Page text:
Study of the Effect of the Earthworm (Aporrectodea molleri) Cutaneous Excreta on Bacterial Growth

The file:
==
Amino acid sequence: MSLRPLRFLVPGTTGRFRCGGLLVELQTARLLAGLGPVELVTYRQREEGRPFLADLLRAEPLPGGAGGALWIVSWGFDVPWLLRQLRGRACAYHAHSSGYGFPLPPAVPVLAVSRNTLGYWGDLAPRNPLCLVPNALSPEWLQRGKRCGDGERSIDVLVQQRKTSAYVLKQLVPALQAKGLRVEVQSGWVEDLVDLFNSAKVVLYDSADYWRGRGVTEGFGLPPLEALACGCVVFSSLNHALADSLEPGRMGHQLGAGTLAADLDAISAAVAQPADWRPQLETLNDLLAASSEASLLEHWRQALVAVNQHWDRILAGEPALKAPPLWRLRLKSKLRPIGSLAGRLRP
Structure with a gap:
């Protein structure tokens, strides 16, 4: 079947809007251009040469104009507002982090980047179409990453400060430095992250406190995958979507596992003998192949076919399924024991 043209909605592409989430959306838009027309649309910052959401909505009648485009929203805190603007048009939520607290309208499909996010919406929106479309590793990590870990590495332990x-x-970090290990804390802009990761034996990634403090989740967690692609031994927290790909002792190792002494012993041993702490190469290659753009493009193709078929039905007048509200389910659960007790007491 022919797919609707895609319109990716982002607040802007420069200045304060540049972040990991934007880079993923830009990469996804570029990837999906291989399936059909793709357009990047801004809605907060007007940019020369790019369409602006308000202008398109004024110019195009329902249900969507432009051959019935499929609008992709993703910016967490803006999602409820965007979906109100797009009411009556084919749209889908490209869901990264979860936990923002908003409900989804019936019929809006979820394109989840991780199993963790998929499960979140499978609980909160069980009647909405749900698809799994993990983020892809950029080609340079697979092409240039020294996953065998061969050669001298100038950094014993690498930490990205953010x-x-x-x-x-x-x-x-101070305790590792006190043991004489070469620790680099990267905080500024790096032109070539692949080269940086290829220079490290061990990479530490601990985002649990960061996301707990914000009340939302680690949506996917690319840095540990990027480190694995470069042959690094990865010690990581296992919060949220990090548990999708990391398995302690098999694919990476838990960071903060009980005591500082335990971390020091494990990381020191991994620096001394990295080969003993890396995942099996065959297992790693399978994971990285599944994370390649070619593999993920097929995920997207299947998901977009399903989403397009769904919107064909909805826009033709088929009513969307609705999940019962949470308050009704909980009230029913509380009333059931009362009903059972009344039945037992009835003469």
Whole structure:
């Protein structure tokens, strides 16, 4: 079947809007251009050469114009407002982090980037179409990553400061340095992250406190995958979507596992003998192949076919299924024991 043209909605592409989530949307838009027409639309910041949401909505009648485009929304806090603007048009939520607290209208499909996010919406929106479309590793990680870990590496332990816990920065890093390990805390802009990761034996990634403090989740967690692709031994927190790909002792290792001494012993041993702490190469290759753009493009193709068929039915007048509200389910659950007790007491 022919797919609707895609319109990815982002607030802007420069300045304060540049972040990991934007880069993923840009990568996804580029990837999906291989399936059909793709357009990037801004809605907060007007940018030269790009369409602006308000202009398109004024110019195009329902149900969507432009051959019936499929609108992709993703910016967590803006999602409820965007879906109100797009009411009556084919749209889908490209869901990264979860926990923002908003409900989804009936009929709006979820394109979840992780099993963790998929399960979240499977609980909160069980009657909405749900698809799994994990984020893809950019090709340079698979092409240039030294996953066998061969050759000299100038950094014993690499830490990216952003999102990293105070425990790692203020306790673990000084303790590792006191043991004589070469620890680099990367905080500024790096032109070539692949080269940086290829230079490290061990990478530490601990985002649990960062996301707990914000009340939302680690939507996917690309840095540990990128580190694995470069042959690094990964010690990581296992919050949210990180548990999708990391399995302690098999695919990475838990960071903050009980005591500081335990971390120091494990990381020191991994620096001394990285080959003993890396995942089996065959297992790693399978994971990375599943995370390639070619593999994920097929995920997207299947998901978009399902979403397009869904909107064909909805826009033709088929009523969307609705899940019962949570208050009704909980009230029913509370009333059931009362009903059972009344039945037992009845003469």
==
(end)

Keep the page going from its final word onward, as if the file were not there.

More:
The effect on the bacterial growth of Aporrectodea molleri cutaneous excreta has given very satisfactory results. The cutaneous excreta were obtained using the electrical stimulation technique, recently developed by our laboratory. This technique made it possible to collect the excreta in sufficient quantities while ruling out any possible interference with the chemical constituents of the soil. The effectiveness of cutaneous excreta, tested as culture media at different concentrations on bacterial growth, was justified not only by the high growth rates but also by the concentrations used, which were several times lower than those of the conventional medium (nutrient agar). Indeed, the maximum growth rate recorded by E. coli and P. fluorescens is, respectively, 1.32 times and 2.99 times greater than that observed on the conventional medium. These higher levels are obtained at optimal excretion concentrations which are, respectively, 8 times and 133.33 times lower than the concentration of the conventional medium. The efficacy interval that delimited the excretion concentrations tested covers 8 successive concentrations ranging from 0.0075% to 1% for P. fluorescens, while for E. coli, this interval covers only three concentrations ranging from 0.06% at 0.25%. The growth rates of P. fluorescens are always higher than those of E. coli. The higher efficiency of excretions on the growth of P. fluorescens shows that this strain is more suited to use these excretions as a source of nutrients and to react positively to the stimulation of growth. These results, obtained in vitro, prove that, in the natural environment, the production of lubricating and viscous cutaneous excretions does not only have the role of facilitating the movement and digging of galleries by earthworms but also of enriching the soil in nutrients and growth factors with high added values for the activation and development of plant growth-promoting bacteria essential for soil fertility.